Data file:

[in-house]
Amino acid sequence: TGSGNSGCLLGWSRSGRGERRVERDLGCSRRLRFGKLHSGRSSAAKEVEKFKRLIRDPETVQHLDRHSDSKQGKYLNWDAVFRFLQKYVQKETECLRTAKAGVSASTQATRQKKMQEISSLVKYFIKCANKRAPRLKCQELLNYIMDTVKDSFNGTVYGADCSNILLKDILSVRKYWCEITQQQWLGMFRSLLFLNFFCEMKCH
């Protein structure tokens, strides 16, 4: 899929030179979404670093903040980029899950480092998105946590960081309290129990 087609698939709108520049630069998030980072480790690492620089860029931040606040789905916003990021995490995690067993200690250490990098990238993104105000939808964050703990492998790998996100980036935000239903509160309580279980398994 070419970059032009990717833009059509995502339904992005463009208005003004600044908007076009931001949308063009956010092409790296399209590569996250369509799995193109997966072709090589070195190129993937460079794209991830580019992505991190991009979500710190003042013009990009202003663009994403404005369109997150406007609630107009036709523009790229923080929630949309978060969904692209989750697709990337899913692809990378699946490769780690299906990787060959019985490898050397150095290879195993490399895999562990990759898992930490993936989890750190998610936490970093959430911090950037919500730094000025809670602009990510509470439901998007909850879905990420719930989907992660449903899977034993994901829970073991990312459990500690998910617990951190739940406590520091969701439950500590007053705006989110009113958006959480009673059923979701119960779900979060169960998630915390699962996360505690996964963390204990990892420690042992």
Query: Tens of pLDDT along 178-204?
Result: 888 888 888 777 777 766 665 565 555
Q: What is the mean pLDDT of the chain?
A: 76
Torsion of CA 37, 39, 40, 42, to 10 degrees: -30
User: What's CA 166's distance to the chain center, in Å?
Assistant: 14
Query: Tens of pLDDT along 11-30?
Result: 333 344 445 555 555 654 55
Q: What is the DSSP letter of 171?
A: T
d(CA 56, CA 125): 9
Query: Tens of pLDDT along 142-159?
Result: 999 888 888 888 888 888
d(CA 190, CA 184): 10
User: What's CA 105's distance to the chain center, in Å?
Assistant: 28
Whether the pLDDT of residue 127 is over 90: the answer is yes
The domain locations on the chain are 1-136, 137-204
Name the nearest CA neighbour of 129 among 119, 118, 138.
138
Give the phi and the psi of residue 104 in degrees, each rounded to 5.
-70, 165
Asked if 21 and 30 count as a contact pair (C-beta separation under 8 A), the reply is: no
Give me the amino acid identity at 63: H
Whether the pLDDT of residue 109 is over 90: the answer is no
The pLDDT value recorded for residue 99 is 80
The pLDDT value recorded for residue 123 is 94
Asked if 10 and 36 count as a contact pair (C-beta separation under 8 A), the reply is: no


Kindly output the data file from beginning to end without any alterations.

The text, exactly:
[in-house]
Amino acid sequence: TGSGNSGCLLGWSRSGRGERRVERDLGCSRRLRFGKLHSGRSSAAKEVEKFKRLIRDPETVQHLDRHSDSKQGKYLNWDAVFRFLQKYVQKETECLRTAKAGVSASTQATRQKKMQEISSLVKYFIKCANKRAPRLKCQELLNYIMDTVKDSFNGTVYGADCSNILLKDILSVRKYWCEITQQQWLGMFRSLLFLNFFCEMKCH
């Protein structure tokens, strides 16, 4: 899929030179979404670093903040980029899950480092998105946590960081309290129990 087609698939709108520049630069998030980072480790690492620089860029931040606040789905916003990021995490995690067993200690250490990098990238993104105000939808964050703990492998790998996100980036935000239903509160309580279980398994 070419970059032009990717833009059509995502339904992005463009208005003004600044908007076009931001949308063009956010092409790296399209590569996250369509799995193109997966072709090589070195190129993937460079794209991830580019992505991190991009979500710190003042013009990009202003663009994403404005369109997150406007609630107009036709523009790229923080929630949309978060969904692209989750697709990337899913692809990378699946490769780690299906990787060959019985490898050397150095290879195993490399895999562990990759898992930490993936989890750190998610936490970093959430911090950037919500730094000025809670602009990510509470439901998007909850879905990420719930989907992660449903899977034993994901829970073991990312459990500690998910617990951190739940406590520091969701439950500590007053705006989110009113958006959480009673059923979701119960779900979060169960998630915390699962996360505690996964963390204990990892420690042992």
Query: Tens of pLDDT along 178-204?
Result: 888 888 888 777 777 766 665 565 555
Q: What is the mean pLDDT of the chain?
A: 76
Torsion of CA 37, 39, 40, 42, to 10 degrees: -30
User: What's CA 166's distance to the chain center, in Å?
Assistant: 14
Query: Tens of pLDDT along 11-30?
Result: 333 344 445 555 555 654 55
Q: What is the DSSP letter of 171?
A: T
d(CA 56, CA 125): 9
Query: Tens of pLDDT along 142-159?
Result: 999 888 888 888 888 888
d(CA 190, CA 184): 10
User: What's CA 105's distance to the chain center, in Å?
Assistant: 28
Whether the pLDDT of residue 127 is over 90: the answer is yes
The domain locations on the chain are 1-136, 137-204
Name the nearest CA neighbour of 129 among 119, 118, 138.
138
Give the phi and the psi of residue 104 in degrees, each rounded to 5.
-70, 165
Asked if 21 and 30 count as a contact pair (C-beta separation under 8 A), the reply is: no
Give me the amino acid identity at 63: H
Whether the pLDDT of residue 109 is over 90: the answer is no
The pLDDT value recorded for residue 99 is 80
The pLDDT value recorded for residue 123 is 94
Asked if 10 and 36 count as a contact pair (C-beta separation under 8 A), the reply is: no